Tuesday, September 8, 2015

Gay Marriage, Updated

U.S. District Judge David Bunning’s decision to jail Rowan County, Kentucky’s Court Clerk Kim Davis was an overreaction.  Thank God it is done with, and in only six days’ time.  Too long by six days; better he had put her on leave without pay until a resolution could be reached.  And a perfect resolution was indeed reached, in less than a week.  As long as one clerk or assistant clerk is able to fulfill the letter of the law, there is no need for Ms. Davis to be forced to betray her conscience.

Washington Post 2015/09/04, etc.
You should be clear that I am on the side of the LGBTQ community in the gay marriage argument.  For several reasons.  One, it is no skin off my back if a gay couple gets married, it costs me nothing.  Two, the argument against gay marriage is a religious one, and the first amendment prohibits the establishment of a religion (or group of religions) in the nation and in the states, and a legal ruling in favor of a religion is an “establishment” of that religion.  Third, no religious organization will be compelled to marry – or even recognize as married – any gay couples, as the Supreme Court decision only relates to civil law.  Fourth, before the Court decision, civil law sometimes distinguished between married people and single people, oftentimes advantaging married people; now gay people will be able to take advantage of those same advantages of being married.  And last, does your happiness really depend on the unhappiness of human beings who are not like you?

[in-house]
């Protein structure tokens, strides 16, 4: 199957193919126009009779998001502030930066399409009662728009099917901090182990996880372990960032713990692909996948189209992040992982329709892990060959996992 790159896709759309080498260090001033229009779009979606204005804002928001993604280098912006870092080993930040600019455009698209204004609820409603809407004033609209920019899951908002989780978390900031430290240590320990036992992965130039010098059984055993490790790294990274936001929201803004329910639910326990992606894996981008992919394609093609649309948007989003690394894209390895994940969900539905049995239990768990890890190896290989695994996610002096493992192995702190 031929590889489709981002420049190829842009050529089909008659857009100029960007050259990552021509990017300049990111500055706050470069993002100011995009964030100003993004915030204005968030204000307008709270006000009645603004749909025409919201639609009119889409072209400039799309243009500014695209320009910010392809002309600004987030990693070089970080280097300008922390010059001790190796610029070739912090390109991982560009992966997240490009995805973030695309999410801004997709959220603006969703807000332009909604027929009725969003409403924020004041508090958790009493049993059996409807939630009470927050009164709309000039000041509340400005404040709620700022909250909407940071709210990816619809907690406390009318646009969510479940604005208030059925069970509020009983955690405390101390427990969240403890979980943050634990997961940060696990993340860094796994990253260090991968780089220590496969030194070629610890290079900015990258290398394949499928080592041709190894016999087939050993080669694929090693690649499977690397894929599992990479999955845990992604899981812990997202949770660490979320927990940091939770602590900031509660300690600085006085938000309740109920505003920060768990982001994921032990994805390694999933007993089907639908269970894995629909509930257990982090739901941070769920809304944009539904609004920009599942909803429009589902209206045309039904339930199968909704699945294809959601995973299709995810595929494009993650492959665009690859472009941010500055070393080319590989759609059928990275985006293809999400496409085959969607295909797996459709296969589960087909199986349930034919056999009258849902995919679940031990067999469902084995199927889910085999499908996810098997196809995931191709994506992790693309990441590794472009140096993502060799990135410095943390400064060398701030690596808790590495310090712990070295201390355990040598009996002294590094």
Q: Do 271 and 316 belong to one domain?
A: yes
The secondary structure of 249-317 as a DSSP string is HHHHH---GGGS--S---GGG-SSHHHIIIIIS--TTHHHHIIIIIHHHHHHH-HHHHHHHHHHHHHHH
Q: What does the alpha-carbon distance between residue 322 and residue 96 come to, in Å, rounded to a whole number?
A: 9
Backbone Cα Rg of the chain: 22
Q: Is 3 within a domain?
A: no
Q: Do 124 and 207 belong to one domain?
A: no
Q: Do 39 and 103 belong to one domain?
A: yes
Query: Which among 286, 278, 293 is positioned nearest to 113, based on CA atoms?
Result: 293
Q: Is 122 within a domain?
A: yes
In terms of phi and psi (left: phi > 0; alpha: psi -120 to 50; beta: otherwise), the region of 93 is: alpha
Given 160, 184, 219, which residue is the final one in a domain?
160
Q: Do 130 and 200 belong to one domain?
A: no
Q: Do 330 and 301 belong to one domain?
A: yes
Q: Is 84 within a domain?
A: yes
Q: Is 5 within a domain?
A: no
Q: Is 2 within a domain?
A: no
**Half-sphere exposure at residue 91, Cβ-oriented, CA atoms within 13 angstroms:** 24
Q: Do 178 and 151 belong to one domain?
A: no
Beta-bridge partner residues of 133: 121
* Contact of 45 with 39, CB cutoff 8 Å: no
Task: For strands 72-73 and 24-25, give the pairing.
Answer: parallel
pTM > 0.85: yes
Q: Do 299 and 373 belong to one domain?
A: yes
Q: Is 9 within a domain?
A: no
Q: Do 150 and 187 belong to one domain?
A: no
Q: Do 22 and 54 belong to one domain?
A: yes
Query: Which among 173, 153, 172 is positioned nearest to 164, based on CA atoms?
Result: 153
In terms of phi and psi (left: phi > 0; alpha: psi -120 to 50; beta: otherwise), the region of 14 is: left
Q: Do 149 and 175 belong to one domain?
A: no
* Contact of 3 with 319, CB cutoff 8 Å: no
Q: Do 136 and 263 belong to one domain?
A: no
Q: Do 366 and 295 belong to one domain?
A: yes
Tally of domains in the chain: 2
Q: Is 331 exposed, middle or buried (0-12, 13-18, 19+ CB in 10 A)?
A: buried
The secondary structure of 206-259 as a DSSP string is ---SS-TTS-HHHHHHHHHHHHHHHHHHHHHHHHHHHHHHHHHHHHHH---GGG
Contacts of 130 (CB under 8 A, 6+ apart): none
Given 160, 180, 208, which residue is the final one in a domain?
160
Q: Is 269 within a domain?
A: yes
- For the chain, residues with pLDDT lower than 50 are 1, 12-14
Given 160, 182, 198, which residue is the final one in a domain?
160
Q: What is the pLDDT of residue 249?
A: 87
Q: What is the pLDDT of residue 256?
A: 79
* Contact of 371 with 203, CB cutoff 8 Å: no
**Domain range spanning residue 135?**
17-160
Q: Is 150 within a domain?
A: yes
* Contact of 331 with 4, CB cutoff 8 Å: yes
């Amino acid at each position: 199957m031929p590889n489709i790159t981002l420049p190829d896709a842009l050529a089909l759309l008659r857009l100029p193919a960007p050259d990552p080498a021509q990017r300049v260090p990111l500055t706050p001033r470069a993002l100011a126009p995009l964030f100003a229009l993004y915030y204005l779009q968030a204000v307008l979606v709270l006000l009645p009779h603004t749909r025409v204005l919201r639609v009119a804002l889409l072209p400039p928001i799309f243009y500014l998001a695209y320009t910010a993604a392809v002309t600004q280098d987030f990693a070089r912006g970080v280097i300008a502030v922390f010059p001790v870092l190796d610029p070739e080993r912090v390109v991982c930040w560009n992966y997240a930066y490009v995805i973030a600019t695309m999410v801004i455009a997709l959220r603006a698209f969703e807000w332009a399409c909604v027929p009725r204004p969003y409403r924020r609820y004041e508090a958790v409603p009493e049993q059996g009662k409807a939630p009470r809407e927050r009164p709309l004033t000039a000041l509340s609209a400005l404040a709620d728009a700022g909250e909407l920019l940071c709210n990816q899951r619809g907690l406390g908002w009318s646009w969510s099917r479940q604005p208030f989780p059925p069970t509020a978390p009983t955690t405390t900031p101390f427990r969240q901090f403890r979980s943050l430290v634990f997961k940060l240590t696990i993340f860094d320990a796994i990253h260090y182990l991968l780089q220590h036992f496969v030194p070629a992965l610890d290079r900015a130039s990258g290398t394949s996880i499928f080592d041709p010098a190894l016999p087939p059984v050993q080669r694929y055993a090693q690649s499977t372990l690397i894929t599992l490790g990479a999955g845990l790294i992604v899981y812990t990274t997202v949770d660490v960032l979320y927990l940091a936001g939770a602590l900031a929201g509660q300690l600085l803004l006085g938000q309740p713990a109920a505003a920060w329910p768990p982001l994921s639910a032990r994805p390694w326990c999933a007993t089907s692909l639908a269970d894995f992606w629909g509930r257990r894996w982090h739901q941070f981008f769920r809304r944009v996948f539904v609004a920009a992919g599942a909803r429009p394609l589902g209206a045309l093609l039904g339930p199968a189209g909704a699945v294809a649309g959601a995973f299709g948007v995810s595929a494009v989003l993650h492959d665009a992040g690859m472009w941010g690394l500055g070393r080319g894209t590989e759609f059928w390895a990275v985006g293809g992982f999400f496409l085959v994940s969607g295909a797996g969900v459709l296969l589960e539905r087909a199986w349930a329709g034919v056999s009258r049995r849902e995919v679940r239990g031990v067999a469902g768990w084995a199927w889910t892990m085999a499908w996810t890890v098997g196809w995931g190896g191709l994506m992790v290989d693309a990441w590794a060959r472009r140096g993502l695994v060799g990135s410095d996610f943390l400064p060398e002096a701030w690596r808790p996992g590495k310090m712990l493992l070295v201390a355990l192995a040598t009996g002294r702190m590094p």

And the definition of marriage has not changed.  Every religion has its own sense of the institution; under civil law, however, the word “marriage” is merely a way to distinguish one group of people from another where that is legally and civilly a meaningful distinction.  You will still be entitled to say that a gay couple is not a married couple and in many ways you will be right; maybe they are not “married” in the eyes of God, but only in the eyes of the state.  But maybe YOUR church will change its mind; stranger things have happened.

FWIW (For what it is worth), a better all-around situation would be that no federal or state law concerned itself with marriage at all.  Then there is no marriage discrimination and no need for a minority community to fight for equal protection under the law.  While it is surely the case that some in the movement would like to compel churches and synagogues to marry gay couples, there is nothing in the Constitution or in the law to support such an outcome.  Many churches will liberalize, many will not.  So it goes.

For the original blog post on this issue, see Obergefell v.Hodges.